As such, the PTM-ZEO building aims to utilise natural sunlight to the maximum, by harnessing daylight through the roof and evening light via the windows. With this objective, PTM hopes to spearhead international cooperation on sustainable buildings in tropical climates, such as that experienced in Malaysia.
Integrated Design Elements
The primary design objective for the PTM-ZEO was to achieve zero energy consumption with the least construction costs. From the conceptual stage and at every juncture of its engineering, the building was designed using integrated design development methods comprising cooperation of all parties including the client, architects, energy engineer, engineers and advanced computer energy design tools. This design hence provided a basis for several key energy saving strategies.
Energy efficiency and renewable energy was implemented through various encompassing facets of the building overall design. Foremost is the integrated Solar Photovoltaic (PV) system in the roof of the building, namely the Building Integrated PV (BIPV) System. Energy from the sun is harnessed through this PV system and would address all electricity needs of the building. In other words, the entire electricity load of the building is covered by the BIPV System, where the PV elements are based on the rich & sustainable supply of solar energy available in Malaysia.
Another sustainable design feature for the PTM ZEO building would be the utilisation and application of high performance glazing (advanced window system) and proper insulation. High performance glazing, namely Spectrally Selective Glazing (SS glazing), works by allowing visible spectrum of light to pass but expelling the infrared (IR) and ultraviolet (UV) wave. The sealed double-glazing used is the key feature to the harnessing of the natural daylight resource while eliminating to a great degree the unnecessary heat radiation into the building. The effect is increased energy efficiency for the building while at the same time heightening general productivity as a result of the greater preservation of physical well-being for those who work within.
The floors of the building are also a key part of the sustainable design element due to their role in the storage of cooling for the building at night time. This works by embedding tubes (Poly Ethylene crosslink, PEX) within the screeding on top of concrete floor slabs, allowing the floors to effectively cool down at night. In the day, this stored cooling will be released from the floor slabs to the rooms above and below them, providing part of the building's cooling load during the day, which will also be supplemented by conventional air cooling systems.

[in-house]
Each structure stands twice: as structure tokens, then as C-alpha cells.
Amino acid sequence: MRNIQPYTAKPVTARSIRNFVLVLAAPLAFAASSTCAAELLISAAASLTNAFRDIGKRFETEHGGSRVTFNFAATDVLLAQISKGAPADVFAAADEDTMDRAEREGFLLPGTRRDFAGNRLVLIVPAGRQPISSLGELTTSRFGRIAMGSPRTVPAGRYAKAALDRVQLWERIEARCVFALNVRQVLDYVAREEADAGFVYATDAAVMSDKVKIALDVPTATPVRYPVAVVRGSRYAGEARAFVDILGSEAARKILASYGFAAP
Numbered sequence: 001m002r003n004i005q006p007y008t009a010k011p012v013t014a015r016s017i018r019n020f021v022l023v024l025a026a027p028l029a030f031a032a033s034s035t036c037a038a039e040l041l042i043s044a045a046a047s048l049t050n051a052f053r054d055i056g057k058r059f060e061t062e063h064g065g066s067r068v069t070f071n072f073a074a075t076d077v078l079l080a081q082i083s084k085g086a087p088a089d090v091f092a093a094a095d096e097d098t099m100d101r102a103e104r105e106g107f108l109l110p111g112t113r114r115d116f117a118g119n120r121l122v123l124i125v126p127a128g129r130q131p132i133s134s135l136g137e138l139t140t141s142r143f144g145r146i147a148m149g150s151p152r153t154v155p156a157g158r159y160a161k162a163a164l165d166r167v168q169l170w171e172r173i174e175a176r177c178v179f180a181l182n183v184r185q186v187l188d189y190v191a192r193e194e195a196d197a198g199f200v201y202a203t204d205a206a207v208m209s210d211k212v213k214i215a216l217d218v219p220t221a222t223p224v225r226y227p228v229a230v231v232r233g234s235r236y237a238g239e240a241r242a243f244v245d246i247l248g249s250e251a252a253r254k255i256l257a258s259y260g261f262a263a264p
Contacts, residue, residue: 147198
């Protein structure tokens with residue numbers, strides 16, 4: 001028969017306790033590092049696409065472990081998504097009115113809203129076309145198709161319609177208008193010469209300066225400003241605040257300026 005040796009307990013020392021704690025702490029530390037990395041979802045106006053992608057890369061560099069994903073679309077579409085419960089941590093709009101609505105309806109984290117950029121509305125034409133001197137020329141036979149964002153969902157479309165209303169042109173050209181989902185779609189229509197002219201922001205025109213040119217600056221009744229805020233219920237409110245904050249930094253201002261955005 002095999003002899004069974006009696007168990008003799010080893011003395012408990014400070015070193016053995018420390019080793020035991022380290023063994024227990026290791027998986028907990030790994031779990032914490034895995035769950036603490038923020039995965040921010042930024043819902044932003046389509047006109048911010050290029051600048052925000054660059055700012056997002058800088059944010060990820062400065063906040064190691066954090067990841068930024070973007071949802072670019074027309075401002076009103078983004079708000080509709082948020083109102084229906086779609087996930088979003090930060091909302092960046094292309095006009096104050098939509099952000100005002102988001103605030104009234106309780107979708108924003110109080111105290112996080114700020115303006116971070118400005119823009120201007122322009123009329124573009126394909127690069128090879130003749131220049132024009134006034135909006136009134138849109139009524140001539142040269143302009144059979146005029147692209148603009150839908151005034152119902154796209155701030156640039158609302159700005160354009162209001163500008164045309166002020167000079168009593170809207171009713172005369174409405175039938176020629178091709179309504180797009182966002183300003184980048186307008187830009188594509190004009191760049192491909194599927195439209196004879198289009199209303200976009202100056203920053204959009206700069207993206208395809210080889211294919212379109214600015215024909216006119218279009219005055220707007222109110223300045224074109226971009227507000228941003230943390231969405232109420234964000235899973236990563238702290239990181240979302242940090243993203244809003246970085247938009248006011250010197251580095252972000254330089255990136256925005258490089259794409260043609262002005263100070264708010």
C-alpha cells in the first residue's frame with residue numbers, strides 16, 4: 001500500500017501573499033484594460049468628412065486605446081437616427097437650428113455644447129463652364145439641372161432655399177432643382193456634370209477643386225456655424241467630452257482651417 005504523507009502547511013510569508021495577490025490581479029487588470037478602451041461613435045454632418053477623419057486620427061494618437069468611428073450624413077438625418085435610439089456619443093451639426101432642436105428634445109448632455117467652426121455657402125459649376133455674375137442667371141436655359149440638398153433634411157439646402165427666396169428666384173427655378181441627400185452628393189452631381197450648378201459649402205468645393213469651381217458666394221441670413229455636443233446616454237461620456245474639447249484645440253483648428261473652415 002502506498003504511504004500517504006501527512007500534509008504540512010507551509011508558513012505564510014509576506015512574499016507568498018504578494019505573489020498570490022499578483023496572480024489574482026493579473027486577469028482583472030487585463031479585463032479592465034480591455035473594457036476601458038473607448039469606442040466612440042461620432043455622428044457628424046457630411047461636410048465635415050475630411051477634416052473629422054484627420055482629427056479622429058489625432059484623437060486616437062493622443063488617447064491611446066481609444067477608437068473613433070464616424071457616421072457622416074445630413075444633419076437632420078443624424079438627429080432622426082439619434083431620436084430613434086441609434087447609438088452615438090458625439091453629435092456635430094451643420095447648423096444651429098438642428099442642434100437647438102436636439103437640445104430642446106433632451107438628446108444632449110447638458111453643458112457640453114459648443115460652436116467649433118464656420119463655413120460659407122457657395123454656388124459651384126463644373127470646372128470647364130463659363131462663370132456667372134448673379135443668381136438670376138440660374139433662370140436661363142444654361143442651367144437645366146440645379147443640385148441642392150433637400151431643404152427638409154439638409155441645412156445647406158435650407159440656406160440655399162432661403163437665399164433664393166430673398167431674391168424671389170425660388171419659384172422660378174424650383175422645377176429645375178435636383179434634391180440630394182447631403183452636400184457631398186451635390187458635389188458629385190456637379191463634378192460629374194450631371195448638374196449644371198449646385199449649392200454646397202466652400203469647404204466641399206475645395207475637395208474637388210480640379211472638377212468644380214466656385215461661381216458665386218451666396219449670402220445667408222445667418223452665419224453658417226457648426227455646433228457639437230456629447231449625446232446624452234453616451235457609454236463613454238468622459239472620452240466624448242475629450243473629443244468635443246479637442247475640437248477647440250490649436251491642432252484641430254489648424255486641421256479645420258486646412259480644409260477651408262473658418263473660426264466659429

Foresight in planning has also ensured the preservation of air quality via the process of dehumidification. However, dehumidification of air in any building consumes a great load of electricity in general. To reduce this load, a desiccant heat wheel is used to exchange incoming hot and humid fresh air with cooler and drier exhaust air. At the same time, the CO2 level of air within the building will also be a determiner on the amount of fresh air to be led in - the higher the CO2 level, the more fresh air will be circulated within the building.
A Positive Outlook for Energy Efficient Architecture
As the first decade of the second millennium comes to a close, it is crucial to implement measures to best manage all available energy resources. Pioneer efforts like the PTM ZEO building serve as an impetus - effectively leading the way to a more fulfilling, rewarding and enriching quality of life for now and future generations.
The Zero Energy Office of Pusat Tenaga Malaysia
Following the success of the Low Energy Office (LEO Building) which hosted the Ministry of Energy, Water and Communications (KTAK) in Putrajaya, Pusat Tenaga Malaysia (PTM), has now taken the initiative to develop the region's first Zero Energy Office building called in short as the ZEO.